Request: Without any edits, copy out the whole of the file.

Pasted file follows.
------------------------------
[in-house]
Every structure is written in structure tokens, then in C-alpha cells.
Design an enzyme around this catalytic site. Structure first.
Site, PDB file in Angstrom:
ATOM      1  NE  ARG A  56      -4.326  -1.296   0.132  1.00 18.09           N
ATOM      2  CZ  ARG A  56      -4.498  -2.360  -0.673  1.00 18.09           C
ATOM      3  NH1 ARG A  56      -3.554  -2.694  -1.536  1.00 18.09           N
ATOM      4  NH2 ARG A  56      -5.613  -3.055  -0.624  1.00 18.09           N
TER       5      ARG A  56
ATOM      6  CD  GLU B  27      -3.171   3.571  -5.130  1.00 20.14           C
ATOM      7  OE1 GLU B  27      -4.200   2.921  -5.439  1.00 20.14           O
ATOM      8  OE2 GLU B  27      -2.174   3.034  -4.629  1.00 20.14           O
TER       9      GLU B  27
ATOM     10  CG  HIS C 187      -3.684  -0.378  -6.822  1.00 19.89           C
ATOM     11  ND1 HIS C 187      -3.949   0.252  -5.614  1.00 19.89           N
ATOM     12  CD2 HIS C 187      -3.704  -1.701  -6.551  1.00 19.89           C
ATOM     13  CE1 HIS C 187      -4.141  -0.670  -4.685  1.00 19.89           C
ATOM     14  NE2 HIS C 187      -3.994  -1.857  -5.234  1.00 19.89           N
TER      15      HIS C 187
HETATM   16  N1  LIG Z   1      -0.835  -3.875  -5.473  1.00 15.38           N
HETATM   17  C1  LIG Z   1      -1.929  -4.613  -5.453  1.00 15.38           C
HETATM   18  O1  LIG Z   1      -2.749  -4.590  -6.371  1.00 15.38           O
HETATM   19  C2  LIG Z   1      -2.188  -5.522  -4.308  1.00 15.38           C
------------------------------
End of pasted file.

[in-house]
Every structure is written in structure tokens, then in C-alpha cells.
Design an enzyme around this catalytic site. Structure first.
Site, PDB file in Angstrom:
ATOM      1  NE  ARG A  56      -4.326  -1.296   0.132  1.00 18.09           N
ATOM      2  CZ  ARG A  56      -4.498  -2.360  -0.673  1.00 18.09           C
ATOM      3  NH1 ARG A  56      -3.554  -2.694  -1.536  1.00 18.09           N
ATOM      4  NH2 ARG A  56      -5.613  -3.055  -0.624  1.00 18.09           N
TER       5      ARG A  56
ATOM      6  CD  GLU B  27      -3.171   3.571  -5.130  1.00 20.14           C
ATOM      7  OE1 GLU B  27      -4.200   2.921  -5.439  1.00 20.14           O
ATOM      8  OE2 GLU B  27      -2.174   3.034  -4.629  1.00 20.14           O
TER       9      GLU B  27
ATOM     10  CG  HIS C 187      -3.684  -0.378  -6.822  1.00 19.89           C
ATOM     11  ND1 HIS C 187      -3.949   0.252  -5.614  1.00 19.89           N
ATOM     12  CD2 HIS C 187      -3.704  -1.701  -6.551  1.00 19.89           C
ATOM     13  CE1 HIS C 187      -4.141  -0.670  -4.685  1.00 19.89           C
ATOM     14  NE2 HIS C 187      -3.994  -1.857  -5.234  1.00 19.89           N
TER      15      HIS C 187
HETATM   16  N1  LIG Z   1      -0.835  -3.875  -5.473  1.00 15.38           N
HETATM   17  C1  LIG Z   1      -1.929  -4.613  -5.453  1.00 15.38           C
HETATM   18  O1  LIG Z   1      -2.749  -4.590  -6.371  1.00 15.38           O
HETATM   19  C2  LIG Z   1      -2.188  -5.522  -4.308  1.00 15.38           C